Republican Illinois Congressman Adam Kinzinger Comments On Afghanistan
TAMARA KEITH, HOST:
And we're joined now by Adam Kinzinger. He's a Republican who represents Illinois in the U.S. House of Representatives. And he joins us now. Congressman, thanks so much for being with us.
ADAM KINZINGER: Thanks for having me.
KEITH: And you're also a member of the Air National Guard, right?
KINZINGER: Yeah, that's right.
KEITH: Yeah. So what is your assessment of how things have unraveled in Afghanistan and so quickly. Was this outcome avoidable?
KINZINGER: Yeah, it was totally avoidable. This is - it's heartbreaking for me personally. It's infuriating because what we're seeing right now - I mean, let's think about this. We have 5,000 troops. We're surging into Afghanistan to try to save our embassy or at least evacuate our embassy. We only had 2,500 troops there that was working with the Afghan military, where the Afghan military was committing 98% of combat exercise. And we haven't lost a combat death since February of 2020 in Afghanistan. Yet, both under President Trump and now President Biden, they couldn't have rushed any more for the exits. And what we're seeing, the brutalization of women that's occurring - every women's rights advocate which are out rightfully fighting for women's rights in the United States should be fighting hard for women's rights in Afghanistan. I'm - I mean, hopefully, you can hear it in my voice. I'm trying to keep myself calm, but I am beyond angry.
KEITH: You know, the U.S. allocated billions of dollars to train Afghan forces and police. They trained over 300,000 Afghan soldiers and police. So - and then they just sort of melted away in the last several weeks, including today. What do you think happened?
KINZINGER: Well, I think, you know, if I'm fighting on the ground as an American soldier and, let's say, all of a sudden the Air Force and Navy said, hey, guys, we're heading out. We're not going to support you on the ground. We're gone - I would have a hard time seeing myself staying on the trenches fighting. You know, and then that's the point - is every - even when Americans engage in combat, the thing they do is typically hold off, allow the air support to come in, use air superiority to crush the enemy. But when all of a sudden, you hear that you're strongest and most important ally is abandoning you because, quote, unquote, "the war can't be won," well, if you're an Afghan military soldier, you're going to sit here and think, maybe I'm just going to go back and be with my family. And when you start to see desertions, that's what happens. I mean, look. The Afghan military, of course, had a long ways to go, but they were carrying the brunt of the combat operations. But again, under President Trump and now President Biden, they just - they rushed for the exit. And they thought it would be a political win. And it's going to be a huge disaster for both.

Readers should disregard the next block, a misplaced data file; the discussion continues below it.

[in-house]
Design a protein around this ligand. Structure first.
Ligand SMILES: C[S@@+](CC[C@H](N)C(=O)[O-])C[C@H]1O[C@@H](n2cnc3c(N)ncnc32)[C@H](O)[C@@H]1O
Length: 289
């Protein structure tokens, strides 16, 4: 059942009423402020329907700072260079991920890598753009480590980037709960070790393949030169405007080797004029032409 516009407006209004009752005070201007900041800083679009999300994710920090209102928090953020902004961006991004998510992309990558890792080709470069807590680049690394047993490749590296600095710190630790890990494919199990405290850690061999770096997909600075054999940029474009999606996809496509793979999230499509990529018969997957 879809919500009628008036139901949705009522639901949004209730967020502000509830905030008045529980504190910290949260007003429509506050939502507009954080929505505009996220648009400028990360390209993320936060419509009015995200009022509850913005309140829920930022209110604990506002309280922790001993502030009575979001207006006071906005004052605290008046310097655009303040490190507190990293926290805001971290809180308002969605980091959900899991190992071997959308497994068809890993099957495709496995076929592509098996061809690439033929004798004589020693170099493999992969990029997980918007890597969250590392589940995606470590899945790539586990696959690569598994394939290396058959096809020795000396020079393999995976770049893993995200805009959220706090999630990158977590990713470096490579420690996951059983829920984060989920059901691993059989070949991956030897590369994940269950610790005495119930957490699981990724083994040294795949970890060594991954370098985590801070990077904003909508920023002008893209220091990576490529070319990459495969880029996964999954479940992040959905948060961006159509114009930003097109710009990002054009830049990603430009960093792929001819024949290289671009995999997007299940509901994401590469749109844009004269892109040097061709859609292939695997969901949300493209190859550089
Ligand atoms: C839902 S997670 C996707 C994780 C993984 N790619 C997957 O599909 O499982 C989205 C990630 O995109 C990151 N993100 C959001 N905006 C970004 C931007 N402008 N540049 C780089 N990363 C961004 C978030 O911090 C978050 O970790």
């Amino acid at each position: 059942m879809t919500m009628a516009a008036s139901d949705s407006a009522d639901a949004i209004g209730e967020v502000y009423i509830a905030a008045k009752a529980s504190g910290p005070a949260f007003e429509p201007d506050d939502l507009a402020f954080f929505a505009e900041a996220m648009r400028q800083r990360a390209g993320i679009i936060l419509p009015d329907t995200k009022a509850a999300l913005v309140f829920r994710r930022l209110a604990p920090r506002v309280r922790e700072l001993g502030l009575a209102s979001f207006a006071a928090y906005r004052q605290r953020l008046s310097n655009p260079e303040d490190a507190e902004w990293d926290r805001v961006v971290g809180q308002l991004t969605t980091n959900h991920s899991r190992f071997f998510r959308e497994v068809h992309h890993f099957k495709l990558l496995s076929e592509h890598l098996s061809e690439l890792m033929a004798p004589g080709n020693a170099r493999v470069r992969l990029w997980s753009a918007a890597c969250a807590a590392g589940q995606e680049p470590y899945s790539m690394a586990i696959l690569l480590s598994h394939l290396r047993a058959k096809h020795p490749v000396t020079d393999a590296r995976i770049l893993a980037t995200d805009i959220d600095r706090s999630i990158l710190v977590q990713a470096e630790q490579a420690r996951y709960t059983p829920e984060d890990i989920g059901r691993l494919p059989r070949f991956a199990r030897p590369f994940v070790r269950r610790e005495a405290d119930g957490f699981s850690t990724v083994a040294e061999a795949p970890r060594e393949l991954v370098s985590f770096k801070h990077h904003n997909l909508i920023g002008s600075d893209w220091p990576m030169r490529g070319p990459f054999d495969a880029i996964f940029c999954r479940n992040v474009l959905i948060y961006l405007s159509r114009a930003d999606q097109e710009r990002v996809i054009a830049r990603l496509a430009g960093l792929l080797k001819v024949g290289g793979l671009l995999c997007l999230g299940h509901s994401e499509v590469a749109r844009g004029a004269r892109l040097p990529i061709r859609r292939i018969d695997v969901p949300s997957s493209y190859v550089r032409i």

KEITH: Yeah, I want to run something by you. Secretary of State Antony Blinken was on CNN's "State Of The Union" this morning. He was pressed about the scene in Kabul, the scramble to evacuate Americans. He says, quote, "This is not Saigon. We went to Afghanistan 20 years ago with one mission, and that mission was to deal with the folks who attacked us on 9/11. And we succeeded in that mission." I want to get your response to that.
KINZINGER: I mean, as you know, the prior reporter you were talking to mentioned, I mean, right now, the people that attacked us on 9/11 or harbored those people that attacked us on 9/11 are right now negotiating for the total capitulation of the Afghan government, so they can run Afghanistan. I mean, it's - it was a preventable disaster. All it took was 2,500 American troops. And now we have double that in Afghanistan to evacuate our embassy. It's a sad moment. And I - my heart breaks for America and particularly for the women and the people of Afghanistan.
KEITH: How concerned are you that Afghanistan could once again become a haven for terrorists?
KINZINGER: I'm extremely concerned. And keep in mind, you know, our presence of 2,500 in Afghanistan was mostly focused on being able to counter ISIS, to counter resurgent al-Qaida in the region. And that was a problem then. Now we have no ability to keep an eye on it. I think it's quite possible that we end up in Afghanistan someday again because, frankly, it's going to compel us when you see a resurgent al-Qaida, you know, et cetera. It's going to be a disaster. And again, I wish I was living in an alternate reality right now. But unfortunately, this is happening.
KEITH: This is the reality of the moment. Representative Adam Kinzinger. Thank you so much for joining us, Congressman.
KINZINGER: You bet. Thank you.
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